Wilson told BioWorld Today, however, that the deal with Transgene does not signal a move by Roche into the vaccines business. Instead, she said, it supplements the company's existing oncology and virology franchises. It also is complementary to existing Roche HPV diagnostics.

Roche's Amplicor HPV Test and Linear Array HPV Genotyping Test have both been on the market in Europe for a few years. Both, too, are under FDA review. The Amplicor product is designed to detect 13 high-risk HPV genotypes, including HPV16.

The companies said HPV infection is the most common sexually transmitted disease, affecting about 400 million women worldwide. Most infections are spontaneously eliminated in less than one year. In the remaining cases, persistent HPV infection can lead, after years or decades, to CIN 2/3 and eventually to cervical cancer. Worldwide, new cases are reported at a yearly rate of around 1.4 million for CIN 2/3 and 500,000 for cervical cancer, of which about 50 percent are linked to HPV16, they said.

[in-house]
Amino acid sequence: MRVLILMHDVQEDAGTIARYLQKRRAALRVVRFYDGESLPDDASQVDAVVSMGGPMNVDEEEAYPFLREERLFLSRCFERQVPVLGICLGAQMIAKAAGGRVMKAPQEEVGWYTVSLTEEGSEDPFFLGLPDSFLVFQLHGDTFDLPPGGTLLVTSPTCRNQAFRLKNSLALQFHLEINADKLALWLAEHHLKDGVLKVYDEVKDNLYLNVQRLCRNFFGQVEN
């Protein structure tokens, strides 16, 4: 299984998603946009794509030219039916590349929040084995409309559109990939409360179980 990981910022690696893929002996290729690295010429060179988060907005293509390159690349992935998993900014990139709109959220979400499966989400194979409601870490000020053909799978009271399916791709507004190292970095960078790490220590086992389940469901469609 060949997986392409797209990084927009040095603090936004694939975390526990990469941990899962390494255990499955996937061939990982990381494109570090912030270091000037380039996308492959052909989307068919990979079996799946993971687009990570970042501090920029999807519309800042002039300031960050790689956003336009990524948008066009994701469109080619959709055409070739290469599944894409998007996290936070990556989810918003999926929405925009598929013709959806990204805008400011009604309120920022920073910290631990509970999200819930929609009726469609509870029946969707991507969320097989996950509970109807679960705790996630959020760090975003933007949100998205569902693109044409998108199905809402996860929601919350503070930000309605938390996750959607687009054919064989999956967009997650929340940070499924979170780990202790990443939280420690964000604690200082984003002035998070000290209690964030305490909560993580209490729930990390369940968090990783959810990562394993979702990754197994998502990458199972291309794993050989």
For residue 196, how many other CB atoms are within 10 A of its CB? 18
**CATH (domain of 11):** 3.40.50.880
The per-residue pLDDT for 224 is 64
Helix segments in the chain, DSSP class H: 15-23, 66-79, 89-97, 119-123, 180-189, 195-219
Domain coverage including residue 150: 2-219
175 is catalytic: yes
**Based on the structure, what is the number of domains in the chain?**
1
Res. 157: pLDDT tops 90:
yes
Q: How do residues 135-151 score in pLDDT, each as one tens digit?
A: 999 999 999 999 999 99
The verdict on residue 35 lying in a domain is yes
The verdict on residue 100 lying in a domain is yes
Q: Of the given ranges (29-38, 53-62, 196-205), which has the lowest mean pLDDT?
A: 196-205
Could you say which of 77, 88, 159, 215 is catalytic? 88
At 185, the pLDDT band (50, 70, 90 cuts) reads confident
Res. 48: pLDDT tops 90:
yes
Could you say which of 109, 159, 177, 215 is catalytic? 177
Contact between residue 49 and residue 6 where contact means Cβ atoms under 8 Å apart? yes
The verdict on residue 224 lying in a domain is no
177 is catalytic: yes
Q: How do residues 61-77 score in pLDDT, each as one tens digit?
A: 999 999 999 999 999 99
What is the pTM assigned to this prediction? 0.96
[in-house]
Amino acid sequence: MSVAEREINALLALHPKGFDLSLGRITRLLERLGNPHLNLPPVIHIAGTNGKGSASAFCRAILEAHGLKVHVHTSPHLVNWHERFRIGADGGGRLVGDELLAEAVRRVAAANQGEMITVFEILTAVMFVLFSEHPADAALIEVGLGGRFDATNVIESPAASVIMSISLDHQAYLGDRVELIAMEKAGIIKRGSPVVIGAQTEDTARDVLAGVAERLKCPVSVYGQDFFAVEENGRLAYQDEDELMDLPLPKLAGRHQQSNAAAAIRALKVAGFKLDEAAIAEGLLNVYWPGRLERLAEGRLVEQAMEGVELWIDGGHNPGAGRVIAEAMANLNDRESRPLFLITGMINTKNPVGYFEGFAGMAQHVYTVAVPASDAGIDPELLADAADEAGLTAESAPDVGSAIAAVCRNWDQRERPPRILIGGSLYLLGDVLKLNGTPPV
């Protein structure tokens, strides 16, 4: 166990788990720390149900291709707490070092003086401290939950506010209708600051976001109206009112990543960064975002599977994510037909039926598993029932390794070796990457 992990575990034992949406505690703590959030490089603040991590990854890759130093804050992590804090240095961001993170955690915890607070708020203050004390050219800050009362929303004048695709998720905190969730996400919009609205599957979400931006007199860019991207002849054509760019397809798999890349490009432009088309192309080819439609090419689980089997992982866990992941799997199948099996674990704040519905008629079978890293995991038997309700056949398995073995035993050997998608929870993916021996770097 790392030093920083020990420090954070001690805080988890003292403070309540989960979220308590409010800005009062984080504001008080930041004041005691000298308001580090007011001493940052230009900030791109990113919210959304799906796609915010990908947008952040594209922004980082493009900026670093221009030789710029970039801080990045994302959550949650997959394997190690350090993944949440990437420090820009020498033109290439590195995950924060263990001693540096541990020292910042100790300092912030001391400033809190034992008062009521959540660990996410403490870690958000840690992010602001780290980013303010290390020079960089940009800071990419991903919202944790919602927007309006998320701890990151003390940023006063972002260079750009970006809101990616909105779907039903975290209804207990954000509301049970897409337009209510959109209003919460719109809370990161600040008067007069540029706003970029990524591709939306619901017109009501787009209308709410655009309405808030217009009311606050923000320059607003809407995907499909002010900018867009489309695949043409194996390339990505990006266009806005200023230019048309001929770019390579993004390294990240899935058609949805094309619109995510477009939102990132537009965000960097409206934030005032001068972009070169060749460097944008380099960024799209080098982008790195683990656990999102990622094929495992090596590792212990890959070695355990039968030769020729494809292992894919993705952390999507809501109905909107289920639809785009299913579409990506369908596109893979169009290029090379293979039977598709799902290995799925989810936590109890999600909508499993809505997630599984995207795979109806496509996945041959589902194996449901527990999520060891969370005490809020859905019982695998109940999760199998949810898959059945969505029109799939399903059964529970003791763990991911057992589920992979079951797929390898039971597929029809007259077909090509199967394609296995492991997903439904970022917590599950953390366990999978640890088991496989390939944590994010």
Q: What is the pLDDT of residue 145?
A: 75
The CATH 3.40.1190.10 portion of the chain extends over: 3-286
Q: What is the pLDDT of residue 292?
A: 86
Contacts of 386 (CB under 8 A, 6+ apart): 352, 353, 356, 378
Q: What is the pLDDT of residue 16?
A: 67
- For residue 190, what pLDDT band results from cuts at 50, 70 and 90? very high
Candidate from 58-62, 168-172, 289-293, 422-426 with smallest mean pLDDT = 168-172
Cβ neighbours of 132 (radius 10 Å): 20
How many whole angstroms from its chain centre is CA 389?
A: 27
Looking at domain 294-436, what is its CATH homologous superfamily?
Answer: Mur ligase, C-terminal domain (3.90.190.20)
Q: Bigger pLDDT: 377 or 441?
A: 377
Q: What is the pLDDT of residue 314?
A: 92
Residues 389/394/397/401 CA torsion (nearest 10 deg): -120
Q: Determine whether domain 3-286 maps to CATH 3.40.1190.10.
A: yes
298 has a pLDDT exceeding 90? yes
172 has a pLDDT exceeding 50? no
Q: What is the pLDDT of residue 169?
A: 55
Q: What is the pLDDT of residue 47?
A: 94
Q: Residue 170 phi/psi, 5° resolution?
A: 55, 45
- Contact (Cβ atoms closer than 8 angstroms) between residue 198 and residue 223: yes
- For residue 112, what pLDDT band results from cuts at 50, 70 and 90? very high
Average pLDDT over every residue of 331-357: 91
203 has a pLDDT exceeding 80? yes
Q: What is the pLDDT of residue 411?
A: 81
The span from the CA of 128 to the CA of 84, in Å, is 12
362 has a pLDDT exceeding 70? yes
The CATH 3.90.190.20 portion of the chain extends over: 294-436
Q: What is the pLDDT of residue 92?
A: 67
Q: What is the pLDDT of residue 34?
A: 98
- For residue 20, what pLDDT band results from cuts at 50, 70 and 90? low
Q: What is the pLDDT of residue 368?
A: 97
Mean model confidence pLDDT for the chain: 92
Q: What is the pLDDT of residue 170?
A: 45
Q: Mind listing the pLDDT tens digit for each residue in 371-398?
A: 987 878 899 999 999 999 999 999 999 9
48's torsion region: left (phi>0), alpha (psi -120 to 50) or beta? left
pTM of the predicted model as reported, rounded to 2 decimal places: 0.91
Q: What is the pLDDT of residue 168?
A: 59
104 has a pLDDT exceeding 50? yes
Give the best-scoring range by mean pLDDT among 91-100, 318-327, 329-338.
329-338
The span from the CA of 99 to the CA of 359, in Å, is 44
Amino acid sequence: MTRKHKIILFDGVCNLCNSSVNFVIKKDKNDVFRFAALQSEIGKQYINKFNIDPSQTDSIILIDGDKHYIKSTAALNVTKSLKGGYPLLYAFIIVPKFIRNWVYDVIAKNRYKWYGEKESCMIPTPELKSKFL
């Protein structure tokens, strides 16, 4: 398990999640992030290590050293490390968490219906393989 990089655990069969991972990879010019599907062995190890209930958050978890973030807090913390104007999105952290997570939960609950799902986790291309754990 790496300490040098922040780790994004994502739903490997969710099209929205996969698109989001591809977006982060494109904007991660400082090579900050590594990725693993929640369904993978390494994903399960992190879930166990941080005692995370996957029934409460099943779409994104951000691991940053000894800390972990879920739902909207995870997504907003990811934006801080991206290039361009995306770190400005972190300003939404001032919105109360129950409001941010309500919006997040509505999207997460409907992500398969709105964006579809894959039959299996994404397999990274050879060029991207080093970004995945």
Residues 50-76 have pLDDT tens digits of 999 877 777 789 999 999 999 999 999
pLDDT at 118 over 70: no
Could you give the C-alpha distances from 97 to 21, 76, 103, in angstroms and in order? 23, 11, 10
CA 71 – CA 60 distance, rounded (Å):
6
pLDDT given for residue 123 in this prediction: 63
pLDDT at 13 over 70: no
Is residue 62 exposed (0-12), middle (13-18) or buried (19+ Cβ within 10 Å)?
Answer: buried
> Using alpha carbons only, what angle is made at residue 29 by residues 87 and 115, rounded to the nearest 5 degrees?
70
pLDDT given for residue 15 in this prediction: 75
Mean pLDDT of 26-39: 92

Merck's recombinant vaccine Gardasil, approved by the FDA in June, was shown to be effective against HPV types 16 and 18, which cause approximately 70 percent of cervical cancers, and against HPV types 6 and 11, which cause approximately 90 percent of genital warts. It is given as three injections over a six-month period, with a price of about $360 per treatment cycle. GSK, meanwhile, claims its Cervarix vaccine is more effective than Gardasil, and GSK has started a head-to-head trial of the products. Cervarix approval could come as early as late this year.